I wish every month was May, good weather, good fishing, that’s about as good as things get. The biggest problem with May is deciding what to fish for and how to fish for it! So here are some options if you are planning, and you should be, a trip to Lanier.
The stripers are pretty angler friendly right now, but you have to find them first. The fish remain scattered and they are still moving around quite a bit so be versatile and keep looking. Be prepared to use a variety of methods, Freelines, downlines, and weighted downlines are all productive techniques right now, be prepared to use all three or a combination of all three to maximize your opportunities. Watch to sonar to determine the best depth to place the baits.
The umbrella rig is also a good option and if the wind starts howling the rig can be a lifesaver. Pull the rig 15 to 20 feet deep over 20 to 30 foots humps, over points, or simply down the bank. For the most part, if you see the fish on the sonar, they will take the rig! Because trolling is such a high saturation technique, it is also a great way to locate fish.
Topwaters are taking a few fish and hopefully this bite will get a little stronger in the coming days. Cast Redfins, Zara Spooks, or Chug Bugs over humps and long tapering points for the best results. Keep your boat in 40 feet and retrieve the plugs over a 10 to 25 foot bottom. This technique will yield some big Spotted Bass a bonus!
Bass fishing is also very good and there are several techniques that will get your string stretched! One structure that has been consistently holding fish are the many stump flats in Lanier. In addition to holding plenty of fish they are located throughout the lake in abundance and fairly easy to find. Almost any bait can be effective over the stumps, but I really like to slow roll a spinnerbait over these areas. Cast the spinnerbait (1/4 oz. light color skirt with nickel blades) to the bank and then slowly retrieve the bait allowing it to continually gain depth all the way back to the boat. Many of the fish on these flats are in 7 to 18 feet, and allowing the bait to follow the contours of the bottom will often take the deeper fish that are too reluctant to come up and take the bait if is on or near the surface. Jerkbaits (McStiks and Pointers) are also good choices to work over the stumps and if the bass do not respond to either of those baits show them the go to bait, Roboworms on a shaky head or a Texas Rig.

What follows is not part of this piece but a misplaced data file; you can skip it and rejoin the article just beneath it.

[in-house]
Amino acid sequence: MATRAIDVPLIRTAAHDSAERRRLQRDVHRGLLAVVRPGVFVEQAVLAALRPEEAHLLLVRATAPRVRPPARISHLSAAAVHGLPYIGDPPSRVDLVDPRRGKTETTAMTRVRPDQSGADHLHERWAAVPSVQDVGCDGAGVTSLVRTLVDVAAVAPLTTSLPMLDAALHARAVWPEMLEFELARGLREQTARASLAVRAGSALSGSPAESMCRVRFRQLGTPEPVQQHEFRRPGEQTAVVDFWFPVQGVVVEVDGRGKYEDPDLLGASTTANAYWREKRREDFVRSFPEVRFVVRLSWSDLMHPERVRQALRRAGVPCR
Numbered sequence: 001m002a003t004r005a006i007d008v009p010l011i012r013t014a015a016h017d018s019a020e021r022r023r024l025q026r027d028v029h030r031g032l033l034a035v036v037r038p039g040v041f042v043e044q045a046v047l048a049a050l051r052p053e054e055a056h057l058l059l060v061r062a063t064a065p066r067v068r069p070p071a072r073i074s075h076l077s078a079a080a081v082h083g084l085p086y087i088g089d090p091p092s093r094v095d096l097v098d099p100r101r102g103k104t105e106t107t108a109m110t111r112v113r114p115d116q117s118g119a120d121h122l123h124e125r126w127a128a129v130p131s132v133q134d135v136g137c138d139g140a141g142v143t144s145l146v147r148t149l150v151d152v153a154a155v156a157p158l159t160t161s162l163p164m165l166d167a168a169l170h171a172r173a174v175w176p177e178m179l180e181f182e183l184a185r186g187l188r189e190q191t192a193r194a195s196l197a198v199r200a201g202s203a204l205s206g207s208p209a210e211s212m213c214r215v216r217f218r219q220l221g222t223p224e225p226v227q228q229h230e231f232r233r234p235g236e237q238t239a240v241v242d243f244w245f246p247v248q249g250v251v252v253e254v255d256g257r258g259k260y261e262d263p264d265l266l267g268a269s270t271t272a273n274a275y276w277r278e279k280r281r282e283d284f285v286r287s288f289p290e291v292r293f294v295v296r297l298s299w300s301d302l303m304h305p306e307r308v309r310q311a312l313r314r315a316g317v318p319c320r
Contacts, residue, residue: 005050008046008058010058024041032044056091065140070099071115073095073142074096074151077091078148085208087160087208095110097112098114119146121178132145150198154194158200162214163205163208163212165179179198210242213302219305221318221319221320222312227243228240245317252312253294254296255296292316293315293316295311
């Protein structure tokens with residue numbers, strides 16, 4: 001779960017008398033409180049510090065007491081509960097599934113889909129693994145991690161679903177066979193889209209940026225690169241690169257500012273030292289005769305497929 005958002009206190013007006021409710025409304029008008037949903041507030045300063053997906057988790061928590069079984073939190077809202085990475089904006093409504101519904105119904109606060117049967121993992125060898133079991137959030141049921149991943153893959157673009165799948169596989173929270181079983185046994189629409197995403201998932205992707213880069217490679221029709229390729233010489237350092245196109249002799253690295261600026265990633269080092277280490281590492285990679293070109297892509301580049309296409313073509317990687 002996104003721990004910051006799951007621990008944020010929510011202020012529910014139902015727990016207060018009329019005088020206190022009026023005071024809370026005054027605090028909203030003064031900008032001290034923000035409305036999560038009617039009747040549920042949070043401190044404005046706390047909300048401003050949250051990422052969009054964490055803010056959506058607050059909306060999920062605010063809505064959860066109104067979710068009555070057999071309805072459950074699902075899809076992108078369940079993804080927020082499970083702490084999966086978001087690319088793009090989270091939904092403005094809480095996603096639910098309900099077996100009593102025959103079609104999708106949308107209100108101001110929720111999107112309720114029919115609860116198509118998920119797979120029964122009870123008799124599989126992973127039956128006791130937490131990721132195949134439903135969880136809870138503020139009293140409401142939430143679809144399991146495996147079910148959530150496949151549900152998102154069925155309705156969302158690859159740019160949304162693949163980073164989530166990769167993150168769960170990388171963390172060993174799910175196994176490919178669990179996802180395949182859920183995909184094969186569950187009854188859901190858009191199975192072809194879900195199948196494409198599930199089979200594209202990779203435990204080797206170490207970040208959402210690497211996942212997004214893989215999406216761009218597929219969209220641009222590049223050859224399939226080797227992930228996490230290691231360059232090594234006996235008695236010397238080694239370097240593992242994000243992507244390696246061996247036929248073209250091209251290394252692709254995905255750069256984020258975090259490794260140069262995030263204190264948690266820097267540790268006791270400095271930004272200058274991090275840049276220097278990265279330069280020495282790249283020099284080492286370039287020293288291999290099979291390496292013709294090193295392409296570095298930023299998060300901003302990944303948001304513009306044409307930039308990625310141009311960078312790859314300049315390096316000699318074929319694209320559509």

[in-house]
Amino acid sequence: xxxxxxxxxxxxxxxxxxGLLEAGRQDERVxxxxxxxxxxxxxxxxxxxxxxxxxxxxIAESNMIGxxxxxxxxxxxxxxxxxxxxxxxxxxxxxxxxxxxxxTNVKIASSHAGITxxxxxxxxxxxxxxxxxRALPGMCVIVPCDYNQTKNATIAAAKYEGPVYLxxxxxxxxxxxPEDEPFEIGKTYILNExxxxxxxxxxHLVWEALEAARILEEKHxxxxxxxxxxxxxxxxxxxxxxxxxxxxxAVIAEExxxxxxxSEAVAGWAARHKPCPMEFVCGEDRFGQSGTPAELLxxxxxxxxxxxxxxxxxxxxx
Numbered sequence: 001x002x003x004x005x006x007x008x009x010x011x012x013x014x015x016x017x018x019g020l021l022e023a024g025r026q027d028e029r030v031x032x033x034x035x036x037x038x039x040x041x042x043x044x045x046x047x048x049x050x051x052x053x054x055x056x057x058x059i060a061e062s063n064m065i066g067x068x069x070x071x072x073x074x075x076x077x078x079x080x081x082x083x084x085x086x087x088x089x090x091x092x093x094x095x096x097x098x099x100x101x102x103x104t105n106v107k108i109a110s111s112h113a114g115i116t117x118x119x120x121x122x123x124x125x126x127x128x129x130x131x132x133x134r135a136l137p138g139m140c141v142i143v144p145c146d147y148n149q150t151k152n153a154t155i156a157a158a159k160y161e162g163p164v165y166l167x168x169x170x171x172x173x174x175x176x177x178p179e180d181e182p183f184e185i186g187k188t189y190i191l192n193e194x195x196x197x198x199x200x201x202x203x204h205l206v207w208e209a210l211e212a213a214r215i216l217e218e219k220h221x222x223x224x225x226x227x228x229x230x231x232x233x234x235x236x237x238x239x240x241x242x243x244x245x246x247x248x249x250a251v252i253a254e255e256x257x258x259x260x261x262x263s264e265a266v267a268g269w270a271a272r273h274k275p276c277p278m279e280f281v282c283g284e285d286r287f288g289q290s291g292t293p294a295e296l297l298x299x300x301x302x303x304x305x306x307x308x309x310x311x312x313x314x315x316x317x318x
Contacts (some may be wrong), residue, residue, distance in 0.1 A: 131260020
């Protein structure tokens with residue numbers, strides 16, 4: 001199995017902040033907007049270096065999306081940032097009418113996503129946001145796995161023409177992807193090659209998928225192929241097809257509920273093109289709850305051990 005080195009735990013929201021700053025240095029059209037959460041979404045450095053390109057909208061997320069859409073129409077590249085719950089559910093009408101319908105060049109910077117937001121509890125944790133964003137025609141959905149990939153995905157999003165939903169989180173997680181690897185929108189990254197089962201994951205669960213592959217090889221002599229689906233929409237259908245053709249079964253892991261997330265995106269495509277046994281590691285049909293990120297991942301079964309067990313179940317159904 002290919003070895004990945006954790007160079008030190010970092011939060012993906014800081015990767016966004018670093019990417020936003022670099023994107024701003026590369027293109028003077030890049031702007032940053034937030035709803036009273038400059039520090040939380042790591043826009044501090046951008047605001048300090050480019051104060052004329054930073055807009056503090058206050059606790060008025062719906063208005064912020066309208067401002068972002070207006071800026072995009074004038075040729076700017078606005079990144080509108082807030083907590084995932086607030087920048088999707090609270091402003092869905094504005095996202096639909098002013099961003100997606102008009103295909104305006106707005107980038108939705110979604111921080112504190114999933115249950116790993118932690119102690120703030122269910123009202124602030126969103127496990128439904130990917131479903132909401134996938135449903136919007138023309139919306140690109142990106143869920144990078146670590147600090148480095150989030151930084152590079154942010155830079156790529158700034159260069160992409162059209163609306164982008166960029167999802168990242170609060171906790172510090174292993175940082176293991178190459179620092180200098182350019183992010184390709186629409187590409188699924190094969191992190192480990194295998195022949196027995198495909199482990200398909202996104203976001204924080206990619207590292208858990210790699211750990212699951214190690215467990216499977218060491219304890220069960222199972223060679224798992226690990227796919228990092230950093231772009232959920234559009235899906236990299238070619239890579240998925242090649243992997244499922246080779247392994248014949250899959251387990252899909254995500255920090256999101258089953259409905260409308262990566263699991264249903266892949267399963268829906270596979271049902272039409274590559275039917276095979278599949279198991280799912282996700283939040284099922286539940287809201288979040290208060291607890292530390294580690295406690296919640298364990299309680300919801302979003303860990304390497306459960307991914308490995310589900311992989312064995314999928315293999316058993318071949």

Crappie fishing is also pretty good, docks are the primary structure, but free standing brush is also holding some nice groups of fish. The fish are starting to bunch up nicely and are easy to see on the sonar. The Bobby Garland baits in Pearl and key lime have been effective, as have the Crappie Country Chenille jigs in the #3 and #10 color patterns. Many anglers stow away the Crappie gear after April but that is a mistake. The Crappie will often do the same thing in the post spawn, even use some of the same places, that they we doing in the prespawn, and the fishing pressure is decreased. May and early June often can be very prolific months so keep the Crappie gear handy for a few more weeks!
Email any inquiries to Capt. Mack @ firstname.lastname@example.org or Visit Capt. Mack online @ www.captmacks.com